George Frein is a retired college prof. He is so completely retired that this past winter he did all his traveling seated by the fireplace in a Collegeville, Minnesota apartment with a book in his lap and more books on the table next to his chair. His fireside-traveling included a long journey over the Rocky Mountains in the company of Mark Twain when the author, going west to Nevada and California, passed through Julesburg in Colorado Territory. George also climbed through the Rockies in the company of Father Peter John De Smet, one of the most enthusiastic travelers who ever climbed the Rocky Mountains. In previous winters George has traveled fireside to the South Seas with Herman Melville; to the collective unconscious with Carl Jung; to Washington, D. C. with Abraham Lincoln; to bird sanctuaries from Nova Scotia to Florida with John James Audubon; to cathedrals in France with Henry Adams; to Massachusetts with John Adams and John Winthrop; to Who-ville and Solla Sollew with Dr.Seuss. Finally, as a break from all this literary traveling, last winter George went to the movies where he traveled to Xanadu with Orson Welles.
Mark Twain, 26 and single, goes west at the beginning of the Civil War, passing through Colorado on his way to Nevada and California, where he spends the war years.
Mark Twain, married and living in comfortable, well to do circumstances back East, writes about his time in the West in the book he titles Roughing It.
Mark Twain climbs mountains with his closest friend, Rev. Joseph Twitchell, but he does so on a walking tour of Europe. He writes about it in A Tramp Abroad.
Mark Twain writes dozens of books −all sorts of books − most of them travel books. He travels in the West, in Europe, and finally around the world.
“The mountains are imposing in their sublimity and their majesty of form and altitude, from any point of view—but one must have distance to soften their ruggedness and enrich their tintings . . . .” -- Mark Twain on mountains in California.
“We plodded on, two or three hours longer, and at last the Lake burst upon us—a noble sheet of blue water lifted six thousand three hundred feet above the level of the sea, and walled in by a rim of snow-clad mountain peaks that towered aloft full three thousand feet higher still! It was a vast oval, and one would have to use up eighty or a hundred good miles in traveling around it. As it lay there with the shadows of the mountains brilliantly photographed upon its still surface I thought it must surely be the fairest picture the whole earth affords.” --Mark Twain on mountains around Lake Tahoe.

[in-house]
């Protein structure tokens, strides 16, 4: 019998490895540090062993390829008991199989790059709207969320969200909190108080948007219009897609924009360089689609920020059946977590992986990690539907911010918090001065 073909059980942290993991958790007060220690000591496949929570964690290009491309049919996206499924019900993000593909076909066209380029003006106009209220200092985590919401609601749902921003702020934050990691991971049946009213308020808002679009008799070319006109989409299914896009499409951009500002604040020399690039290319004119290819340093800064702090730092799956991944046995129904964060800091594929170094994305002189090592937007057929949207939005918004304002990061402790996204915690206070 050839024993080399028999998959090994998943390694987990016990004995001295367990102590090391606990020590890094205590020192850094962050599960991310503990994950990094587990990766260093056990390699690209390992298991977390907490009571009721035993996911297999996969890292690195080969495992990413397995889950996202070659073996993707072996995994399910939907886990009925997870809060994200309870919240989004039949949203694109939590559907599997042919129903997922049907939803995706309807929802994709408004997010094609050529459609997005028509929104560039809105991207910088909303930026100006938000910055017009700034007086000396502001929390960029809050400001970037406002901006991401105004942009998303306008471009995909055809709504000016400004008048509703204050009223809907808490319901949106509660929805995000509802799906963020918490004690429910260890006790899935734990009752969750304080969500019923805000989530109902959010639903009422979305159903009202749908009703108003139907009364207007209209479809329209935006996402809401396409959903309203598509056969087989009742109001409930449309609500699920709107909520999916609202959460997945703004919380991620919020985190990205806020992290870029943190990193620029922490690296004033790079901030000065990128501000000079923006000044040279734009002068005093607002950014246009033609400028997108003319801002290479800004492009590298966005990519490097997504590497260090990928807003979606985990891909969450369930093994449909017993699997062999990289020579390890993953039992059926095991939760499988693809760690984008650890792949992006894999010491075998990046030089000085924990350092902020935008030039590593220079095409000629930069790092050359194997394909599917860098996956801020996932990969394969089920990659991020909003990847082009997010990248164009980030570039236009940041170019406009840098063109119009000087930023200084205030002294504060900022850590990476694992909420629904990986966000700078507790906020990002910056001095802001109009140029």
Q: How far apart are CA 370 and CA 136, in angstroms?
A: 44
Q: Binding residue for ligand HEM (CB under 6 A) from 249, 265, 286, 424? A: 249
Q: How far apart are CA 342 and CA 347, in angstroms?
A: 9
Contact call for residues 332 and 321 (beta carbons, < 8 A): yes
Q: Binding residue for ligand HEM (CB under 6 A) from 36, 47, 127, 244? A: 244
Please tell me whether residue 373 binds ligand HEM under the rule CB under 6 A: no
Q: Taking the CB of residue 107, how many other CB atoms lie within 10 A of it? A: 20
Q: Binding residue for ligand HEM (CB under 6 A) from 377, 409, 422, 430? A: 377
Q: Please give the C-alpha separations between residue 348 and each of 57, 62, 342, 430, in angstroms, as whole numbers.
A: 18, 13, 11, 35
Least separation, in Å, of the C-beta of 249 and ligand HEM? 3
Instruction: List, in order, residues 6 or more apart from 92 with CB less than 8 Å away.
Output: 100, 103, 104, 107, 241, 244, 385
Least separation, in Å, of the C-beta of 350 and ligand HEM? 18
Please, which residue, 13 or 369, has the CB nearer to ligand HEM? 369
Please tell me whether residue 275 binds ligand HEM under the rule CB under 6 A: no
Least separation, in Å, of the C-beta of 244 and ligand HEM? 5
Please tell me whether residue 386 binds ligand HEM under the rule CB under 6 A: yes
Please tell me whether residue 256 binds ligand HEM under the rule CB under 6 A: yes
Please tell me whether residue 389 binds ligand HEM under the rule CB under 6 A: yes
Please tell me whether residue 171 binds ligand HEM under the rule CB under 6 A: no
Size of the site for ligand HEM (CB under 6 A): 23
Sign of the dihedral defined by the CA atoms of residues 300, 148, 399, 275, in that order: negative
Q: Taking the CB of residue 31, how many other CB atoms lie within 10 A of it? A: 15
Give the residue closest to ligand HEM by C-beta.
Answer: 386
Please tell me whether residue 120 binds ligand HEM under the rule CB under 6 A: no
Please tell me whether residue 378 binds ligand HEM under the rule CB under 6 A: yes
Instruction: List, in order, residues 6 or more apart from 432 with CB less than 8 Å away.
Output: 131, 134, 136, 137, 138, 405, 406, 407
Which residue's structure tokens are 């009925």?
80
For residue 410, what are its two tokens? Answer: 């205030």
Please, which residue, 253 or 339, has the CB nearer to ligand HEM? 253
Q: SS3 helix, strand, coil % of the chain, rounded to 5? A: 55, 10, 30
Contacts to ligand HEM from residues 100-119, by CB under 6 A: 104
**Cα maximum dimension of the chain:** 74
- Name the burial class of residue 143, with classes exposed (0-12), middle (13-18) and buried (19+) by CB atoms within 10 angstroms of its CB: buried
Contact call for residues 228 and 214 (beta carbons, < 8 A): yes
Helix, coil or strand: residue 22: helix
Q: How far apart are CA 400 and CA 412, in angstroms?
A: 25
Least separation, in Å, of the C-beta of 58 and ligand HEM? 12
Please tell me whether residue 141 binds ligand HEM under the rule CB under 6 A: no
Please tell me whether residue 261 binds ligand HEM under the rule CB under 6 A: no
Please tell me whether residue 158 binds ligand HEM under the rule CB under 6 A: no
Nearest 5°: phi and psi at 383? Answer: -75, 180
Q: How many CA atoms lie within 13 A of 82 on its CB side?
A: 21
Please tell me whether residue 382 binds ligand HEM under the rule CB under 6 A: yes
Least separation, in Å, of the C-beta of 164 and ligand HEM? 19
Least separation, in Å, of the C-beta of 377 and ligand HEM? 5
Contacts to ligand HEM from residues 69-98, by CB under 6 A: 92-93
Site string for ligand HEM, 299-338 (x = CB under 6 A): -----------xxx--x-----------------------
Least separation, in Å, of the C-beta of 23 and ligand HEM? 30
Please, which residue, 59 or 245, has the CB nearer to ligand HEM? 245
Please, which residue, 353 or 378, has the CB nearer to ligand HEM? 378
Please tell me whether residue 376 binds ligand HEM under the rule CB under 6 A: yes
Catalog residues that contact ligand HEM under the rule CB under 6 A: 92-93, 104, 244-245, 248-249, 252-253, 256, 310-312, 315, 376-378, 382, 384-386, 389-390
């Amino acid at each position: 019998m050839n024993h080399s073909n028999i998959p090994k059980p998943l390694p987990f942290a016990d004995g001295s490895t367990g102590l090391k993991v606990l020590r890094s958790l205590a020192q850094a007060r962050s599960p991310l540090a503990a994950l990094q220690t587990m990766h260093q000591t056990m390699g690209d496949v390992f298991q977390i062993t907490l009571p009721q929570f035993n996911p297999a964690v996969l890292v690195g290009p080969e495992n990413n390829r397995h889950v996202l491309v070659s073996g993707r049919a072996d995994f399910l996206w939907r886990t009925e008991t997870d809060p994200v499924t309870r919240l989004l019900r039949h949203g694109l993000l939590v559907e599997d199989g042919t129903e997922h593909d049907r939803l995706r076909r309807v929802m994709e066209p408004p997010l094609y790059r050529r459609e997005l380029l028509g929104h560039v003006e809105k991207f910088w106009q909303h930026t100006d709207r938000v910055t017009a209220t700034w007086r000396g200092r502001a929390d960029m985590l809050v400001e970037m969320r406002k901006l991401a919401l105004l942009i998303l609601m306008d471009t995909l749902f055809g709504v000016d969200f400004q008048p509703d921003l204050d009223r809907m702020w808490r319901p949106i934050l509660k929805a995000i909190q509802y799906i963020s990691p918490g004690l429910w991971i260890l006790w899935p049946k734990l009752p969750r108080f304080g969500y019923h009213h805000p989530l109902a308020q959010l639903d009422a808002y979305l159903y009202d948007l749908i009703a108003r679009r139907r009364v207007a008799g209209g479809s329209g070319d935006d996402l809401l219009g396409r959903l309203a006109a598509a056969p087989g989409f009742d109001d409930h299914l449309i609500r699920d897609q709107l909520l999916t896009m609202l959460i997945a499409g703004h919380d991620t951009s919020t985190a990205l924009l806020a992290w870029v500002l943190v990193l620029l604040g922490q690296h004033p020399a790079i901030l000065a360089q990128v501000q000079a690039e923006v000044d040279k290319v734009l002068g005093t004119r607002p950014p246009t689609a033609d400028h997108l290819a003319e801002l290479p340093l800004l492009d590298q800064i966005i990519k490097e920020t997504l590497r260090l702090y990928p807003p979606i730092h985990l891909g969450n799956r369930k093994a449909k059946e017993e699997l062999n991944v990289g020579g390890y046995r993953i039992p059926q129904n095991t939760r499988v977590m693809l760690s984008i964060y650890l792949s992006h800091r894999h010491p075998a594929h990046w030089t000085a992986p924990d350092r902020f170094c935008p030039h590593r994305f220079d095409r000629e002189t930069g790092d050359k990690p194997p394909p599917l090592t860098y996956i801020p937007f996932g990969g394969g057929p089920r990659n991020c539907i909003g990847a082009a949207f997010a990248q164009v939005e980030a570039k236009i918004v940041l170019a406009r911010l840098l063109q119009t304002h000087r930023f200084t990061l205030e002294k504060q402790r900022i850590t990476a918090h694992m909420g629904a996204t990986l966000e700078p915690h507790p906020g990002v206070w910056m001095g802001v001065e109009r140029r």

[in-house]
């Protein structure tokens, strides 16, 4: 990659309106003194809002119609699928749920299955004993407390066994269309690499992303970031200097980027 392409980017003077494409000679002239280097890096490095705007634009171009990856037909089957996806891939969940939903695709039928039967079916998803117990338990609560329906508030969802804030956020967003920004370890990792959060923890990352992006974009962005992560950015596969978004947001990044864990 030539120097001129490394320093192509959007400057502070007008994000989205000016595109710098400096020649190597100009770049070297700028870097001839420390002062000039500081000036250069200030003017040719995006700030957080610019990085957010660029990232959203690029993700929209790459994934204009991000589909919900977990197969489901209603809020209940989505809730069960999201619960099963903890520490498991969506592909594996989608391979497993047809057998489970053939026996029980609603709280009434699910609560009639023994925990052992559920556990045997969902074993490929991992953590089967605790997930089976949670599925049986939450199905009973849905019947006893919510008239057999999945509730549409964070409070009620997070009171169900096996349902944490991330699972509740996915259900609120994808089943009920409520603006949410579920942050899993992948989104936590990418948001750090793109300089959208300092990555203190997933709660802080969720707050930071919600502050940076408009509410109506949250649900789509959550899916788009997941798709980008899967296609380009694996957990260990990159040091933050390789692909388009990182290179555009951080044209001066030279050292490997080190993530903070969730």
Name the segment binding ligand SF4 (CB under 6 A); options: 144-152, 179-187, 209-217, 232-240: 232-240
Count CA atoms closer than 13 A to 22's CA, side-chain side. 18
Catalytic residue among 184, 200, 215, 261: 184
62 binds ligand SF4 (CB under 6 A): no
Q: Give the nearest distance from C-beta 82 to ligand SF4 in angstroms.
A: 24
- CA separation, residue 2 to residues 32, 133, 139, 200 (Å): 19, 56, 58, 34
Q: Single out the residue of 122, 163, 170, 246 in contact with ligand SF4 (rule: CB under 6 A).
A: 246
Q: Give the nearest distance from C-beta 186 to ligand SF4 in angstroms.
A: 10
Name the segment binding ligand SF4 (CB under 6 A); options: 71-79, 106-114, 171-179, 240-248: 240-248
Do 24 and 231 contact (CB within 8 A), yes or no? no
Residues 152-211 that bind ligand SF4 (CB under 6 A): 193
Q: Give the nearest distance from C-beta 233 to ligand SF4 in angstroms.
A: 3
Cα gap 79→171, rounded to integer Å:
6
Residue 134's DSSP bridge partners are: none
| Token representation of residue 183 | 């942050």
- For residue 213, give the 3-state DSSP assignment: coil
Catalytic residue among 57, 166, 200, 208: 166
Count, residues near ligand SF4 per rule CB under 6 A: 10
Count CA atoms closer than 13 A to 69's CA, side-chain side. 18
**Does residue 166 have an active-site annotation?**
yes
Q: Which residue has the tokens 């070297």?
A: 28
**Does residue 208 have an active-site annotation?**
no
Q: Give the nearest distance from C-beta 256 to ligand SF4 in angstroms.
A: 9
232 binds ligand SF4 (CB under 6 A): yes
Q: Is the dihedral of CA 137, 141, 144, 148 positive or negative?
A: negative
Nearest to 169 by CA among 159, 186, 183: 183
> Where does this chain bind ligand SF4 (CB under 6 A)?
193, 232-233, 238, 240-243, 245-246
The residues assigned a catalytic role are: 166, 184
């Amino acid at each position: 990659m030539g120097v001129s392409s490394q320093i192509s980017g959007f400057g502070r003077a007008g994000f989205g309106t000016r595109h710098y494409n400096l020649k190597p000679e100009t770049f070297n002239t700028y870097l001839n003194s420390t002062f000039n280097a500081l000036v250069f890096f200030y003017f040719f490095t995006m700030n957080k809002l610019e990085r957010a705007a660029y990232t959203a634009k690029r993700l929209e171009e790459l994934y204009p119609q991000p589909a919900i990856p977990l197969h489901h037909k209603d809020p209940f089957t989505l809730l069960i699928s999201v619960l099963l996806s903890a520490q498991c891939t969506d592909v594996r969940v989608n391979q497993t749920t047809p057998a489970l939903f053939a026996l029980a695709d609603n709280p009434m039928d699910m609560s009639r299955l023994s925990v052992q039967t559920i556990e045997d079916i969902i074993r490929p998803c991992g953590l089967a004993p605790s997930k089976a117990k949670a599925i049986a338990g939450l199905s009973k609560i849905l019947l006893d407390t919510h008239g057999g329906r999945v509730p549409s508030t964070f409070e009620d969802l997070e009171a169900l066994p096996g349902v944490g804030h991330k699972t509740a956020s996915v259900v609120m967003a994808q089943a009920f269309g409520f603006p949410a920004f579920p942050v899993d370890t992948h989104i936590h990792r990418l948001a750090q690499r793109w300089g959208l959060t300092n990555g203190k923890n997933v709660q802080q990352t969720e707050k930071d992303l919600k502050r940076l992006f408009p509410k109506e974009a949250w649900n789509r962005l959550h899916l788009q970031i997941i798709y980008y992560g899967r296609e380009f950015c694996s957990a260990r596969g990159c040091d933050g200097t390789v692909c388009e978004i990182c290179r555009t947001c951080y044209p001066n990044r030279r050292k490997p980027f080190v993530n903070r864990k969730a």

“I confess, without shame, that I expected to find masses of silver lying all about the ground. I expected to see it glittering in the sun on the mountain summits. I said nothing about this, for some instinct told me that I might possibly have an exaggerated idea about it, and so if I betrayed my thought I might bring derision upon myself. Yet I was as perfectly satisfied in my own mind as I could be of anything, that I was going to gather up, in a day or two, or at furthest a week or two, silver enough to make me satisfactorily wealthy—and so my fancy was already busy with plans for spending this money.” − Mark Twain on what he expected to find on mountain tops.
1840s - 50s Sam Clemens grows up on the frontier in Hannibal, Missouri.
1861 Fights in the Civil War (for two weeks), then goes west over the Rocky Mountains to Nevada.
1866 Mark Twain gives his first lecture in San Francisco.
1867 Sails on the Quaker City to Europe and the Holy Land.
1869 Publishes The Innocents Abroad.
1870 Marries Olivia Langdon.
1871 Moves to Hartford, Connecticut.
1872 Publishes Roughing It, about his time out West.
1873 Publishes The Gilded Age, about his time back East.
1876 Publishes The Adventures of Tom Sawyer; Life on the Mississippi (1883); and Adventures of Huckleberry Finn (1885) -- all set during the time when the frontier was on the Mississippi.
1891 Ends residence in Hartford and takes his family to Europe.
1894 Publishes The Tragedy of Pudd’nhead Wilson -- another novel set on the Mississippi frontier.
1895 Lectures around the world to pay off debts.
1899 Outlines a plan for his autobiography.
1904 Livy dies.
1910 Clemens dies